Sunday, February 10, 2013

Laura Ingalls Wilder

Laura Elizabeth Ingalls Wilder (February 7, 1867 – February 10, 1957) was an American author who wrote the Little House series of books based on her childhood in a pioneer family.  Laura's daughter, Rose, inspired Laura to write her books.
Laura Elizabeth Ingalls was born February 7, 1867, seven miles north of the village of Pepin, in the "Big Woods" of Wisconsin, to Charles Phillip Ingalls and Caroline Lake (Quiner) Ingalls. She was the second of five children; her siblings were Mary Amelia, who went blind; Caroline Celestia, Charles Frederick, who died in infancy, and Grace Pearl. Her birth site is commemorated by a log cabin, the Little House Wayside. Her life here formed the basis for the book Little House in the Big Woods.
As a child, she lived with her family in Indian Territory in Kansas, as well as in farming communities in Minnesota and Iowa. In the late 1870s, the Ingalls moved to Dakota Territory, settling in present-day De Smet, South Dakota. Laura Ingalls worked as a school teacher in the area, starting in her teens, and in 1885, married Almanzo Wilder, a local homesteader 10 years her senior. In 1886, the couple had a daughter; their only other child, a son, died shortly after his birth in 1889.

In 1894, after several years of drought in South Dakota, the Wilders traveled by covered wagon to Mansfield, Missouri, in the Ozarks, where they established a farm. Years later, Laura Ingalls Wilder began contributing essays to local newspapers. In 1932, Wilder, then in her 60s, published her first novel, “Little House in the Big Woods,” an autobiographical account of pioneer life in Wisconsin. The book became a success, and she went on to publish seven more novels based on her experiences growing up on the American frontier in the 1870s and 1880s. These books, including “Little House on the Prairie” (1935), “On the Banks of Plum Creek” (1937) and “The Long Winter” (1940), chronicled the joys and hardships (including illnesses, crop failures, blizzards, fires and grasshopper plagues) that Wilder and her family experienced. A ninth novel, “The First Four Years,” (1971) was published posthumously, as were several other books based on Wilder’s journals and letters. Wilder’s daughter, Rose Wilder Lane, an author and journalist, is believed to have helped edit her mother’s books, although the exact extent of her collaboration is unknown.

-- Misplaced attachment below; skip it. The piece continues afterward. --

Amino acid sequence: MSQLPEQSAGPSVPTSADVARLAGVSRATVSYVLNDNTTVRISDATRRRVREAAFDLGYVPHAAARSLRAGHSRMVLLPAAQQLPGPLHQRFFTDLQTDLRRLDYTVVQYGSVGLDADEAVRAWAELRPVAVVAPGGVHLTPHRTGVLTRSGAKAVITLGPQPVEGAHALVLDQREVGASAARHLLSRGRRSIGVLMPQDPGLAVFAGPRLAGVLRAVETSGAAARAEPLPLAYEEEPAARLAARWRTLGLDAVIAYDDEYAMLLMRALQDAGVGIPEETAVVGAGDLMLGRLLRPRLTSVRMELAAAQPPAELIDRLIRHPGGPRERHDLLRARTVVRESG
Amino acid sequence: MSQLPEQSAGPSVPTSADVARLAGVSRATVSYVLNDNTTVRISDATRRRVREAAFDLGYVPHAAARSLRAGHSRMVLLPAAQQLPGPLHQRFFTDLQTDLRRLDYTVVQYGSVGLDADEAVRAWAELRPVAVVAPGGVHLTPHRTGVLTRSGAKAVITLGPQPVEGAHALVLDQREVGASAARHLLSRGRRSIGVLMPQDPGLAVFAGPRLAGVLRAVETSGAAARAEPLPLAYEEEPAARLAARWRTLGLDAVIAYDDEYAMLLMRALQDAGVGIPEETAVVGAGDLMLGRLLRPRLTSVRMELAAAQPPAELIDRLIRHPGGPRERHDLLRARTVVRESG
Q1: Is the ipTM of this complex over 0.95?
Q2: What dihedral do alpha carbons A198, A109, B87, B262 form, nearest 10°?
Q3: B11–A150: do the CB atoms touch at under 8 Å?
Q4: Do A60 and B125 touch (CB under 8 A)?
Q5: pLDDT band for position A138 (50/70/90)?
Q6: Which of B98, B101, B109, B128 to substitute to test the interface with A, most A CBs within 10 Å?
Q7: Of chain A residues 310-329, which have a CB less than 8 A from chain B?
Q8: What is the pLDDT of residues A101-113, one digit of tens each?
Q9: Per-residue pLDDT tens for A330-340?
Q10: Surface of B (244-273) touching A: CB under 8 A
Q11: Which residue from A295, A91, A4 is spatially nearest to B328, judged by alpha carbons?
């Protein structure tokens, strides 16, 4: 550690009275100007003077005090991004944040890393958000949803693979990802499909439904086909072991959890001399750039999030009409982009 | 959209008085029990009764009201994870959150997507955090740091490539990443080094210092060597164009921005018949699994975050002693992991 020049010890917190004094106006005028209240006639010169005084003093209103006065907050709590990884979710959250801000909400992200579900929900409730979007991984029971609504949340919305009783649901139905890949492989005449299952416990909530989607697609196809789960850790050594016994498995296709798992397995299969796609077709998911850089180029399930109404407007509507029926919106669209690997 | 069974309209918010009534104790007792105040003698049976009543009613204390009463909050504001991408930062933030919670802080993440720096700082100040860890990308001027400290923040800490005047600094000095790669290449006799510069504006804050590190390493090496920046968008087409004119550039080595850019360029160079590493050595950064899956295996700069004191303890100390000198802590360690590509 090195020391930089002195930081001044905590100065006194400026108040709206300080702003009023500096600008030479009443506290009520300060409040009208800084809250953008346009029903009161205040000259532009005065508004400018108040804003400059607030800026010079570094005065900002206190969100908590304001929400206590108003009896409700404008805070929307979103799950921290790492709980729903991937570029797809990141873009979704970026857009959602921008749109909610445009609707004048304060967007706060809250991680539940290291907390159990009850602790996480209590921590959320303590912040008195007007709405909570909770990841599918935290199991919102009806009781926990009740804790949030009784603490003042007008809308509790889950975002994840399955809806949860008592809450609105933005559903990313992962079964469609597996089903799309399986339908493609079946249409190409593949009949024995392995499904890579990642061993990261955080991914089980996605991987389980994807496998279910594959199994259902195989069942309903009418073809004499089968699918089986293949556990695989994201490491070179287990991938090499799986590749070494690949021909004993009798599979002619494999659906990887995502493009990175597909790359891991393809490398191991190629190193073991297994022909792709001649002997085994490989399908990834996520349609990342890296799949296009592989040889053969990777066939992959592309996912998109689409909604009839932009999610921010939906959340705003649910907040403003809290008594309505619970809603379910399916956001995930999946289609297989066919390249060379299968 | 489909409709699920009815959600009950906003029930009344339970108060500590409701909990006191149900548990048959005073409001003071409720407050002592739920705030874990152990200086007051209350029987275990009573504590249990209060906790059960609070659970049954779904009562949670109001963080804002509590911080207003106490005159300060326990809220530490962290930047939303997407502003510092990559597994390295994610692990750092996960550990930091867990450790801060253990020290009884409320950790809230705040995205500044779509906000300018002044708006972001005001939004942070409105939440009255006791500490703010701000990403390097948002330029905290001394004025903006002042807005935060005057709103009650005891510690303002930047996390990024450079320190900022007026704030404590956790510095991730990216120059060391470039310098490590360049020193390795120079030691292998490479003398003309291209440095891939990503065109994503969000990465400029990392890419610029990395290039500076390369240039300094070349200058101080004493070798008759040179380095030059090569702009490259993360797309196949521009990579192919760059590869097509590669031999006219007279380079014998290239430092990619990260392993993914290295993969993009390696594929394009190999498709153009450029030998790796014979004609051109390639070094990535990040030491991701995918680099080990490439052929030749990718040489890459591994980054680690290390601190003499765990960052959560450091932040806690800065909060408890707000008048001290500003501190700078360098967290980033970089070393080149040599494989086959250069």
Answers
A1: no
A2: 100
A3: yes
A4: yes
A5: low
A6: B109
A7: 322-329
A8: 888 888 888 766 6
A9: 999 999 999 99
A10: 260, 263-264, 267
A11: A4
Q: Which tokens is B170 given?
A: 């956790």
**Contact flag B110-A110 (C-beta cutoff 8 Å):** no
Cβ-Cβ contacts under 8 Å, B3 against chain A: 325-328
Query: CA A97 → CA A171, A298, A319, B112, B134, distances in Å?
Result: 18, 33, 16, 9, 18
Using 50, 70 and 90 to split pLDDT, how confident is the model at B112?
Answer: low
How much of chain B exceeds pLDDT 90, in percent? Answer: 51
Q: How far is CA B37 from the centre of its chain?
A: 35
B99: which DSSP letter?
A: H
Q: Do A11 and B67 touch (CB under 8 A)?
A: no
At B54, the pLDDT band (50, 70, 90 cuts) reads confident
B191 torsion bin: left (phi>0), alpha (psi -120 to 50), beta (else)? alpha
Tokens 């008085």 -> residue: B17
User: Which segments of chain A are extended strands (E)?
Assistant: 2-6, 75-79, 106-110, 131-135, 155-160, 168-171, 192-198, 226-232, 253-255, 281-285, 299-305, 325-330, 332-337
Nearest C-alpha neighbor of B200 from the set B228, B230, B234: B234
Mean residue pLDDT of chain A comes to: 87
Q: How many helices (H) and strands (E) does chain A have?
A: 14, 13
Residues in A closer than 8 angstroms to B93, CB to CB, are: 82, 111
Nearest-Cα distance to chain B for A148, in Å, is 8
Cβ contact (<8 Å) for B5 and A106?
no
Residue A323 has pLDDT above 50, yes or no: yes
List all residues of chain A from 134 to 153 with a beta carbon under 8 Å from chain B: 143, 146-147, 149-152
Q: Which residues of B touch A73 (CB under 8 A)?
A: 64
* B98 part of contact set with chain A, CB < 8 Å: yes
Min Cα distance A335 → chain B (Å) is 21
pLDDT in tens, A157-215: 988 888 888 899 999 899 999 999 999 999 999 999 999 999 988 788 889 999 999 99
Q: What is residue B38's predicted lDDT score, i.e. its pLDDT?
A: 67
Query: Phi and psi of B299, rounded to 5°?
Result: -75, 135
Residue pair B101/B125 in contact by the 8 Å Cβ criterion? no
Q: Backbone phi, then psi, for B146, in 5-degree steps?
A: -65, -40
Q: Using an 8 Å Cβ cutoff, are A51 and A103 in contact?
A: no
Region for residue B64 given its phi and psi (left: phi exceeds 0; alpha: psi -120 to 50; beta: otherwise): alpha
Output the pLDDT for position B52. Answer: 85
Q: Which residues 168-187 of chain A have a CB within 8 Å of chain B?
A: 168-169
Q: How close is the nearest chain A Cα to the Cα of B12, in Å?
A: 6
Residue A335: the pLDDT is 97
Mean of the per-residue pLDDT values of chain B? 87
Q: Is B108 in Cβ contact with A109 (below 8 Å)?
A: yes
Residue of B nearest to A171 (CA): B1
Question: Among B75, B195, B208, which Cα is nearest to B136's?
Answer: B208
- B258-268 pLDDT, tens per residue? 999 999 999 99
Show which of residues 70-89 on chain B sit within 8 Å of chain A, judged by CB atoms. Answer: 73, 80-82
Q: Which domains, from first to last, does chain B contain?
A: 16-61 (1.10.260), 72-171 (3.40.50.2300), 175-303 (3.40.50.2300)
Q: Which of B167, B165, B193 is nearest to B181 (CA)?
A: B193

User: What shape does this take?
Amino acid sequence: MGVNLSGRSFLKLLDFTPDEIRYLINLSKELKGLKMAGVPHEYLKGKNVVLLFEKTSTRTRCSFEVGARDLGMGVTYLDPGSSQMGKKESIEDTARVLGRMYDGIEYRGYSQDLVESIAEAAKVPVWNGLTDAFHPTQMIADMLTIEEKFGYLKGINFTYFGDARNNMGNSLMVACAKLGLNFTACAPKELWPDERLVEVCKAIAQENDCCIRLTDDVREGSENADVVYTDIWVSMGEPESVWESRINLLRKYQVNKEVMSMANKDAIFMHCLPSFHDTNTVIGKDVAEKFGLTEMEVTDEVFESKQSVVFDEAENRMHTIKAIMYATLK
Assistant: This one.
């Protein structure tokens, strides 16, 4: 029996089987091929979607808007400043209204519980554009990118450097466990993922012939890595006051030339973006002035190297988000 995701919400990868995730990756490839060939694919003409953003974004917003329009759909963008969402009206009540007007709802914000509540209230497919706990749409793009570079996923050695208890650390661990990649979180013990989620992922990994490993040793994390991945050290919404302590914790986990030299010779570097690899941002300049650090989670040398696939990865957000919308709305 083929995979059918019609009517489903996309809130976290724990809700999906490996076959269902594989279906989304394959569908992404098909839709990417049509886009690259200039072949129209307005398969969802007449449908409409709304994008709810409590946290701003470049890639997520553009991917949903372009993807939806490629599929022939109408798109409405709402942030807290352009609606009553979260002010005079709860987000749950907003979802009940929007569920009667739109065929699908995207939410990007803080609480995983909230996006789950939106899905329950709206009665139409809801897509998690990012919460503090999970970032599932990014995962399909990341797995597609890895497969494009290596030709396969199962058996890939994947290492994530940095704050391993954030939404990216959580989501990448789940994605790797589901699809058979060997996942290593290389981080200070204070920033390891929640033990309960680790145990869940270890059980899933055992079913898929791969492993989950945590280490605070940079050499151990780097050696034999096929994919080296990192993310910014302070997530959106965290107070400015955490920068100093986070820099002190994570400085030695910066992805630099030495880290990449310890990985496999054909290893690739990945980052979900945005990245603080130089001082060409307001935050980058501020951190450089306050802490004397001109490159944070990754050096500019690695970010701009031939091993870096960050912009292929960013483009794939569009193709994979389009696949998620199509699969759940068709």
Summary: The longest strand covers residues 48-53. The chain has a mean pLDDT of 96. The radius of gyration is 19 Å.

“I went up town with the milk this morning.  Was two below zero at 7 o’clock but got up to about 14 degree above this afternoon and about 5 o’clock it commenced snowing and one could not see a dozen rods for the flying. The wind is blowing very hard.  Not a train has moved today.”

“I went to church alone today.  The storm is somewhat abated tonight but the wind has blown very hard all day.  There were only 38present at the morning service and the service was held in the session room.  The Sabbath school was abandoned as was also the evening service.  Has not been quite as cold today.”

Leesah

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